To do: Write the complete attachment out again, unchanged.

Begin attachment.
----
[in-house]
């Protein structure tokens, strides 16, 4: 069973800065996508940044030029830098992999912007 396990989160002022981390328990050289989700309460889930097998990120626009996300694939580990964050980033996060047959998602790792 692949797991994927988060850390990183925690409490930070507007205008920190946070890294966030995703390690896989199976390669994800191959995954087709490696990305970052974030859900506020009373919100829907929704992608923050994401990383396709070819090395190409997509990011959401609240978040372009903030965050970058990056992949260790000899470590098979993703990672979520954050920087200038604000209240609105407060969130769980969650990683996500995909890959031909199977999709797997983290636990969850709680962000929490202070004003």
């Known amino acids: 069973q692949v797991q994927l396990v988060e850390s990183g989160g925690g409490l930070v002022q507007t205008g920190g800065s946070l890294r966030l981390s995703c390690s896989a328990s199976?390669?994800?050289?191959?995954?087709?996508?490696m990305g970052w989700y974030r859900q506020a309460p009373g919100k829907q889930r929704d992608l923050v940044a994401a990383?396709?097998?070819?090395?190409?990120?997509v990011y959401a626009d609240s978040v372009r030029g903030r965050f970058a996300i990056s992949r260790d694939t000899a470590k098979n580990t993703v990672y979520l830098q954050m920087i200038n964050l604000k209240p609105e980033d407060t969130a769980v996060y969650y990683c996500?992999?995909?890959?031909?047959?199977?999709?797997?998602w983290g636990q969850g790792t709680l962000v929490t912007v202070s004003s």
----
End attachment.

[in-house]
């Protein structure tokens, strides 16, 4: 069973800065996508940044030029830098992999912007 396990989160002022981390328990050289989700309460889930097998990120626009996300694939580990964050980033996060047959998602790792 692949797991994927988060850390990183925690409490930070507007205008920190946070890294966030995703390690896989199976390669994800191959995954087709490696990305970052974030859900506020009373919100829907929704992608923050994401990383396709070819090395190409997509990011959401609240978040372009903030965050970058990056992949260790000899470590098979993703990672979520954050920087200038604000209240609105407060969130769980969650990683996500995909890959031909199977999709797997983290636990969850709680962000929490202070004003």
């Known amino acids: 069973q692949v797991q994927l396990v988060e850390s990183g989160g925690g409490l930070v002022q507007t205008g920190g800065s946070l890294r966030l981390s995703c390690s896989a328990s199976?390669?994800?050289?191959?995954?087709?996508?490696m990305g970052w989700y974030r859900q506020a309460p009373g919100k829907q889930r929704d992608l923050v940044a994401a990383?396709?097998?070819?090395?190409?990120?997509v990011y959401a626009d609240s978040v372009r030029g903030r965050f970058a996300i990056s992949r260790d694939t000899a470590k098979n580990t993703v990672y979520l830098q954050m920087i200038n964050l604000k209240p609105e980033d407060t969130a769980v996060y969650y990683c996500?992999?995909?890959?031909?047959?199977?999709?797997?998602w983290g636990q969850g790792t709680l962000v929490t912007v202070s004003s």